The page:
Original trailer (English subtitles)

100 Yen Love (百円の恋, Masaharu Take, 2014)

165856_02Actress of the moment Sakura Ando steps into the ring, literally, for this tale of plucky underdog beating the odds in unexpected ways. It would be wrong to call 100 Yen Love (百円の恋, Hyaku Yen no Koi) a “boxing movie”, it’s more than half way through the film before the protagonist decides to embark on the surprising career herself and though there are the training sequences and match based set pieces they aren’t the focus of the film. Rather, the plucky underdog comes to the fore as we watch the virtual hikkikomori slacker Ichiko eventually become a force to be reckoned with both in the ring and out.

Ichiko Saito is a 32-year-old woman with no job who still lives at home in her parents’ bento store where she also refuses to help out. With unkempt hair, slobbish pyjamas and a bad attitude, she stays in all day playing video games with her nephew other than running out to the 100 yen store late at night for more cheap and nasty snacks. Her sister has recently moved home after a divorce and to put it plainly, the two do not get on. Finally the mother decides the sister is the one most in need and more or less throws Ichiko out onto the streets. She gets herself a little apartment and a job in the 100 yen store where she’s perved over by a sleazy colleague and amused by a crazy old lady who turns up each night to help herself to the leftover bento.

Ichiko also becomes enamoured with a frequent customer who they nickname “Banana Man” because he just comes in, buys a ridiculous number of bananas, and leaves without saying anything. He’s even more awkward than Ichiko though he seems to kind of like her too. Banana Man is an amateur boxer and eventually ends up staying in Ichiko’s apartment following a rather complicated chain of events. When this too goes wrong, Ichiko decides to try her hand at boxing herself, hoping to make the next set of matches before she passes the age threshold.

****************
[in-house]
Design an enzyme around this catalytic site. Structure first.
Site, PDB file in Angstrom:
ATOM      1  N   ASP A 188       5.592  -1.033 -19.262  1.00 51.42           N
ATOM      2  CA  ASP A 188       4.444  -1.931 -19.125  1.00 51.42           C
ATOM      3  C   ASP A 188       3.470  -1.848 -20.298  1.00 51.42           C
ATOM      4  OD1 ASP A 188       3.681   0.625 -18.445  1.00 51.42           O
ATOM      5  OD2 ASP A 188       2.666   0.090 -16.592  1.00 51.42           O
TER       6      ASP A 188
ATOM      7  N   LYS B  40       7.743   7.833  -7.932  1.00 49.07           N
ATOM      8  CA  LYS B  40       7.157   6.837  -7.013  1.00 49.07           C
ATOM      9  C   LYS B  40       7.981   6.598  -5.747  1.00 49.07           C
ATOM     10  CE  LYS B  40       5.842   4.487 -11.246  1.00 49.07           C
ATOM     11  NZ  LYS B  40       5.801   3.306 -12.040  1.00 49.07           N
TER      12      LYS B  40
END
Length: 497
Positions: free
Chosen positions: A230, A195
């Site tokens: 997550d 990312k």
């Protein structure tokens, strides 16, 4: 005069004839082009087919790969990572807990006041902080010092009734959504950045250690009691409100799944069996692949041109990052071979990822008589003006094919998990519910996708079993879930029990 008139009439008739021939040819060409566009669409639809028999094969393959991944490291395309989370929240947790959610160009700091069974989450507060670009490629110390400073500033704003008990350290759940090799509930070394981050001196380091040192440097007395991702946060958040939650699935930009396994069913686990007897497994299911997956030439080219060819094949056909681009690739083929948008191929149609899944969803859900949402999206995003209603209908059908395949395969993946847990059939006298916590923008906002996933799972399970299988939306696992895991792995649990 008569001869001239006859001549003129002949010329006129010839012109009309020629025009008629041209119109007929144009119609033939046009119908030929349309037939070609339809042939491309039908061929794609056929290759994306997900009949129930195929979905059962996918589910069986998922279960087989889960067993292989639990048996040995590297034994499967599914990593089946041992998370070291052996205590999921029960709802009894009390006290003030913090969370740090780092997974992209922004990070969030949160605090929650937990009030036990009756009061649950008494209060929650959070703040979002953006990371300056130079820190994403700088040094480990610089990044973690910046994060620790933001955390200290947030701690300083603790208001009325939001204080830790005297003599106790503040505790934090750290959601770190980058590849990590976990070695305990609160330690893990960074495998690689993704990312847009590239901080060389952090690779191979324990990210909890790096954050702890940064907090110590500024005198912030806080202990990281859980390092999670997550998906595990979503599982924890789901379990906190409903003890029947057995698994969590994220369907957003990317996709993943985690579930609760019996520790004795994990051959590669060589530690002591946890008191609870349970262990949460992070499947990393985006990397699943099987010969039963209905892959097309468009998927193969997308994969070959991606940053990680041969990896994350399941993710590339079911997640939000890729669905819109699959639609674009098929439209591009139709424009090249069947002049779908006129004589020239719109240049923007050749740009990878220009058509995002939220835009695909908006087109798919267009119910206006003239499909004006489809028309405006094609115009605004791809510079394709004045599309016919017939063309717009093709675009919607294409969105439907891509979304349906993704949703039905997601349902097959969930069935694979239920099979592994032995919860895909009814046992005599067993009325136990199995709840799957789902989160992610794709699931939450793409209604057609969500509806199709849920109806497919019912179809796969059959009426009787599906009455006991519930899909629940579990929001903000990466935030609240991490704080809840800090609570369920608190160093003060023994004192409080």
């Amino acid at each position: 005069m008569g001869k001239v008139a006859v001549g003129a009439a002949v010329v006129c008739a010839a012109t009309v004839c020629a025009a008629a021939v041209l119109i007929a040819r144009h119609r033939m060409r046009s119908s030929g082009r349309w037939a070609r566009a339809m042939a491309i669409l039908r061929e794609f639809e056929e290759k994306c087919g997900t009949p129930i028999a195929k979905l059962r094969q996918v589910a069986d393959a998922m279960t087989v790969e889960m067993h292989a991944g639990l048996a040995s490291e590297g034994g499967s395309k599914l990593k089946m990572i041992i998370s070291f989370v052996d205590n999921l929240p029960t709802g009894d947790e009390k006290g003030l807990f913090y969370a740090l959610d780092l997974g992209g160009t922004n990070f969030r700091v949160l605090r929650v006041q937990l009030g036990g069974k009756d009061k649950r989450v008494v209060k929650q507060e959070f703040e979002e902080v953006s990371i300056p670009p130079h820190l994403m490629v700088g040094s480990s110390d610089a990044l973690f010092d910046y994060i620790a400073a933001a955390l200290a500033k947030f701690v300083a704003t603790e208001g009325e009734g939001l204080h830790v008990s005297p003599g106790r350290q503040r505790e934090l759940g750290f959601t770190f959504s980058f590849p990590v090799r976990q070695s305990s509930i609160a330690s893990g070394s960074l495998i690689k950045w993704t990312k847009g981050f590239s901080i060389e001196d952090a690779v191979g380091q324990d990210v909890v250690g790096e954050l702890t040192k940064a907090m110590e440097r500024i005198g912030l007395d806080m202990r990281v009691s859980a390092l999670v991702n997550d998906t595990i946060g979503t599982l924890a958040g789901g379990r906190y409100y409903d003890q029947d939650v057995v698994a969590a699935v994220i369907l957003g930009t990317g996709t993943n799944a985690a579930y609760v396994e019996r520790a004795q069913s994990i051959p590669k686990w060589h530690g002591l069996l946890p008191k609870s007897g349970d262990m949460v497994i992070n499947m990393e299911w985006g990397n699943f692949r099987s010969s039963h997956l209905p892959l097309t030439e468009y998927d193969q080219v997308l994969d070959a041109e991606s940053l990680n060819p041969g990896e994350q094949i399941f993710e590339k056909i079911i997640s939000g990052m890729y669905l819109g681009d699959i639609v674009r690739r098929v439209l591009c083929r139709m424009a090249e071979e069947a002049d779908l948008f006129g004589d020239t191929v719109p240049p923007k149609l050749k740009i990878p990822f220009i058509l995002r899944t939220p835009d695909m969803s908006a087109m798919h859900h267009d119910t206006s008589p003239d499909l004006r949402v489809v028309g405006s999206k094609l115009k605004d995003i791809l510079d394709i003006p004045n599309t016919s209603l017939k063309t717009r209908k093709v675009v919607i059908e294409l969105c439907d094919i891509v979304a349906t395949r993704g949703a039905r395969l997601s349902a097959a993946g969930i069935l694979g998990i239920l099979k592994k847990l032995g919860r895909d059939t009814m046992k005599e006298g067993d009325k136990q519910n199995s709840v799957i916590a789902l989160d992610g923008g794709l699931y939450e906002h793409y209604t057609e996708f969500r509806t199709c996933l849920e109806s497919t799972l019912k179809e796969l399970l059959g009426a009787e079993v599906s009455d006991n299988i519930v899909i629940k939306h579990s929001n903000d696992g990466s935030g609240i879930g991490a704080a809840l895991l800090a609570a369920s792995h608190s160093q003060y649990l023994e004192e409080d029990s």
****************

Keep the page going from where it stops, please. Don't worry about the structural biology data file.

We aren’t really given much of a back story for Ichiko, other than that her polar opposite sister thinks she’s too much like their father who also seems to be a mildly depressed slacker only now in early old age. Her mother is at the end of her tether and her sister probably just has problems of her own but at any rate does not come across as a particularly sensitive or sympathetic person. Getting kicked out at this late stage might actually be the best thing for Ichiko though it’s undoubtedly a big adjustment with her family offering nothing more than possible financial support.

Working in the 100 yen store isn’t so bad but it doesn’t really suit Ichiko with her isolated shyness and lack of work experience. Mind you, it seems like it doesn’t suit anyone very well as her manager quits right away and her only co-worker is a lecherous criminal who literally will not stop talking or take no for an answer. Ichiko’s only real relationship is with Banana Man but even this is strange with Ichiko becoming infatuated and coming on too strong for the rather immature amateur boxer who’s just hit the end of his career. If Ichiko is going to get anywhere she’ll have to do it on her own and on her own terms, no one is going to help her or be on hand to offer any kind of life advice.

That is, until she starts boxing where she gets some coaching, if only inside the ring. The gloves give her a purpose, in getting to a real match before the age limit passes (it’s 32 and she is already 32) she finally has something concrete to work towards and strive for. She just wants to win, once, after all the awful and humiliating things that have happened to her, she just wants to hit back. Even if she falls at the final hurdle, these seemingly small elements have caused a sea change within her. No longer holed up at home, too fearful to engage with anything or anyone, Ichiko has her self respect back and can truly stand on her own two feet.

Indeed, the film might well be called sympathy for the loser – what attracts Ichiko to the sport to begin with is the mini shoulder hug at the end between the victorious and the defeated. With the idea that it’s OK to lose, there are no hard feelings between athletes and even a mutual respect for those who’ve done their best even if they didn’t quite make it, this moment of catharsis seems to give Ichiko the connection she’s been craving. However, the film’s ending is a little more ambiguous and where this rapid transformation of the “100 yen kind of girl” might take her may be harder to chart.


100 Yen Love is Japan’s submission for the 2016 Academy Awards.